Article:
Blogger Raja Petra Kamaruddin, better known by his acronym RPK, who is the director of the news site Malaysia Today, is the victim of a genuine judicial harassment campaign. He is the pet peeve of the authorities, whose acts of corruption he has denounced numerous times. He stands accused of sedition after having implied that the Prime Minister and his wife might be involved in the murder of a Mongolian interpreter within the scope of an explosive case concerning politics and arms sales. The authorities are now threatening to withdraw his Malaysian citizenship and to issue an international arrest warrant against him. In November 2009, the court had "suspended" his trial by granting him a discharge because he could not be located. But the accusations remain intact and he can be arrested again at any time.
Another blogger, Khairul Nizam Abdul Ghani, was accused of insulting the monarchy and should be tried by the end of March 2010. This freelance computer technician had posted on his blog, www.adukataruna.blogspot.com, critical comments about Sultan Iskandar Ismail of the state of Johor, who died this past January. He could be given a sentence of up to one year and pay a fine, even though he apologized and withdrew the incriminating article from his blog.
In March 2009, eight Internet users were prosecuted for insulting the Sultan of the state of Perak, which was undergoing a political crisis. One of them, Internet user Azrin Mohd Zain, was sentenced to pay a fine of MYR 10,000 (about USD 2,950) by virtue of the Malaysian Communication and Multimedia Act of 1998. The seven others are awaiting trial.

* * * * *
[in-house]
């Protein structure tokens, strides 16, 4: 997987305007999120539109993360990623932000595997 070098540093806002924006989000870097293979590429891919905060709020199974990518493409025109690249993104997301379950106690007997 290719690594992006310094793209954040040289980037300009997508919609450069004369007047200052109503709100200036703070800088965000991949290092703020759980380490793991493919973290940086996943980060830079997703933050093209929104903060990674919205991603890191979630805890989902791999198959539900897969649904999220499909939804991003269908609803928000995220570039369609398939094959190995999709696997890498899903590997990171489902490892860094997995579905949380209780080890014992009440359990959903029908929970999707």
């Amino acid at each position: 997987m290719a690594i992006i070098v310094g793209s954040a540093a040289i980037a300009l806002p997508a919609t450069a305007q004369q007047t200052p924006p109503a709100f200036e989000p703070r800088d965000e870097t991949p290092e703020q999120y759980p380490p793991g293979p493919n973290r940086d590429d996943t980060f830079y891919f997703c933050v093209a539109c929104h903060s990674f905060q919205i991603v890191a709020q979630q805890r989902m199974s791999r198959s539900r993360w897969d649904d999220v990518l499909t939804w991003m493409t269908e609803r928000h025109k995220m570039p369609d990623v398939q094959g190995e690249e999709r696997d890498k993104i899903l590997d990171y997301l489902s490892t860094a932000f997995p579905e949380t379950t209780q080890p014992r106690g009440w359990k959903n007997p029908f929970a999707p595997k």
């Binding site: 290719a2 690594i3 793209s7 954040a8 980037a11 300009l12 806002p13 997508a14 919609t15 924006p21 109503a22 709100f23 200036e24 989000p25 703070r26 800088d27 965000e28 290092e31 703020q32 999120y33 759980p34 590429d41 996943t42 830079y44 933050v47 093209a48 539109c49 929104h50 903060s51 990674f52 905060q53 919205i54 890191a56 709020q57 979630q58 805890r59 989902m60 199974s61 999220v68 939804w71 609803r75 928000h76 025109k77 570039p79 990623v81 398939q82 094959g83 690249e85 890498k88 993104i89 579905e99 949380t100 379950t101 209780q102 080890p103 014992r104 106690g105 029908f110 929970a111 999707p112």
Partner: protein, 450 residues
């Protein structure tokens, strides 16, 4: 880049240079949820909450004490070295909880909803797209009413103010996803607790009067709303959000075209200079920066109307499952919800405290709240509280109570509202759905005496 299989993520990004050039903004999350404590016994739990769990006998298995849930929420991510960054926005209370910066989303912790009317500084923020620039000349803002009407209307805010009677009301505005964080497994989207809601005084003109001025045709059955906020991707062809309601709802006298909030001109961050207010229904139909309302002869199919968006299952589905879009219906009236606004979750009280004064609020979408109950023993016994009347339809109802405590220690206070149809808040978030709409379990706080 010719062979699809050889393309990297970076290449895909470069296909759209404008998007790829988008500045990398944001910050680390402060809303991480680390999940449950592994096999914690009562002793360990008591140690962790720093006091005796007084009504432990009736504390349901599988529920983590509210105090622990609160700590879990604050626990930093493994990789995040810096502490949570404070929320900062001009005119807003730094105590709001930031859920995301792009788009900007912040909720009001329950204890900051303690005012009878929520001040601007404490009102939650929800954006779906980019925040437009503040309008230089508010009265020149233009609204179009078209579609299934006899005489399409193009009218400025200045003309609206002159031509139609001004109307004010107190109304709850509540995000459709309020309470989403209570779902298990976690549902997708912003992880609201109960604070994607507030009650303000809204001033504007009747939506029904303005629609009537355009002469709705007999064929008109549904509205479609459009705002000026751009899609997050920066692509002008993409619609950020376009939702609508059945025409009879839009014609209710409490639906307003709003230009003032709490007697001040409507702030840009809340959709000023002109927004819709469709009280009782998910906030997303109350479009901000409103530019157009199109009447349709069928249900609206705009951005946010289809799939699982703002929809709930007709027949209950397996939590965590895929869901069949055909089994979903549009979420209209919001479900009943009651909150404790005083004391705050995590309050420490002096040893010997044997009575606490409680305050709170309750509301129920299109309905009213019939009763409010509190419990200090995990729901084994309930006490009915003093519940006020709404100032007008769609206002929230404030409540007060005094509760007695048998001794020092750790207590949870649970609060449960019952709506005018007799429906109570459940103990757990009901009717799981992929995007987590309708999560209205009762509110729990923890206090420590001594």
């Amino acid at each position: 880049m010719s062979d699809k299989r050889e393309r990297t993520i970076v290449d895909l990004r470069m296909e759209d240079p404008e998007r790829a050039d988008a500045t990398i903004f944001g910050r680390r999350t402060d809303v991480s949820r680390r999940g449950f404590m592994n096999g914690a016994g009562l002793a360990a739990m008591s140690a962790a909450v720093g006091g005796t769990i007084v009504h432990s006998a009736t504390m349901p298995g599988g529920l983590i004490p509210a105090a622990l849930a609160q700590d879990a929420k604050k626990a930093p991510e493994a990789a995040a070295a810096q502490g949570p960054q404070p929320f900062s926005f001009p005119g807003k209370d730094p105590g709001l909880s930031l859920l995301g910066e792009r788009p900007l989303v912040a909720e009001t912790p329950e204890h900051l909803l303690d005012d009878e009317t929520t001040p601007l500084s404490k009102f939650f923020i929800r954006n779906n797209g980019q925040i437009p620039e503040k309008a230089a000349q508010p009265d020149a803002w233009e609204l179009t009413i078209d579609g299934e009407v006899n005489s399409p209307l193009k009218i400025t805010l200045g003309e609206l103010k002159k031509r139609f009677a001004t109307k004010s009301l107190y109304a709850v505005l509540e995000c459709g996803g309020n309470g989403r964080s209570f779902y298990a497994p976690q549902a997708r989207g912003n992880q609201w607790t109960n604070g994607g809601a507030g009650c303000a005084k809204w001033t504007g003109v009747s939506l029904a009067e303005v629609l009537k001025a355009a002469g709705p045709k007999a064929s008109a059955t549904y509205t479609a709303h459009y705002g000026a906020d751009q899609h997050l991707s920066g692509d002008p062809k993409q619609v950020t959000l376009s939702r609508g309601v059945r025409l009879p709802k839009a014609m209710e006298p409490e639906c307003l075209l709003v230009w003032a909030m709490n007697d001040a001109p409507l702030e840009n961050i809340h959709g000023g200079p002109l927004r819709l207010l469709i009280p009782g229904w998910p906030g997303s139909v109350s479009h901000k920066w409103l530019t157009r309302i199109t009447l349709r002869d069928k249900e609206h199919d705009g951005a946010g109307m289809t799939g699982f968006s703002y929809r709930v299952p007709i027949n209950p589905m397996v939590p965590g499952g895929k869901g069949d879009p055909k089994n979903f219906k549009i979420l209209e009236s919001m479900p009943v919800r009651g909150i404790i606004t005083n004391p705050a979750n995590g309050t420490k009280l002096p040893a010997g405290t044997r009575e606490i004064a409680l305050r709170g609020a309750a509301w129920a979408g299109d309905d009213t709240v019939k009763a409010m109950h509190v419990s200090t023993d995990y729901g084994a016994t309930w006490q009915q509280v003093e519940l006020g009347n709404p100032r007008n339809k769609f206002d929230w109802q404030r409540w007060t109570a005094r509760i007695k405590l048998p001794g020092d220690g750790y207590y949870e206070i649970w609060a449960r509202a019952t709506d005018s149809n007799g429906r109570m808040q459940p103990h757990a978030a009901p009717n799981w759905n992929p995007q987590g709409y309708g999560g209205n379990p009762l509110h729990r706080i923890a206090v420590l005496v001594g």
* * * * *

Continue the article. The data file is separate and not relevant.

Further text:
Lawyer P. Uthayakumar, and a member of the Hindu Rights Action Force (HRAF), detained since December 2007 in the name of the Internal Security Act (ISA), was released in May 2009. The authorities accused him of having published on his Internet website (http://www.policewatchmalaysia.com), a letter to the British Prime Minister, Gordon Brown, asking him to support the adoption of a UN Security Council resolution condemning the "atrocities and persecutions" perpetrated by the Malaysian government against the Hindu minority and to refer the case for trial to the International Criminal Court.
No censorship on the agenda?
The Malaysian Minister of Culture and Communication's proposal to install a Web filtering software system was rejected by the government in August 2009 after demonstrations protesting against this initiative. The Minister considered using, for example, the "Green Dam filtering software program" used by the Chinese, under the pretext that it was necessary to "maintain racial harmony in a multicultural nation."
In the last few months, the authorities have reiterated the promise made in 1996, during the launching of the Multimedia Super Corridor – a special economic and technological zone – not to censor the Internet. Notably in a letter sent to Reporters Without Borders in June 2009, they further explained that censorship was not on the table. But at the same time they warned citizens about engaging in "immoral online activities," they also advised them to allow themselves to be "guided by their cultural and moral values" in cyberspace.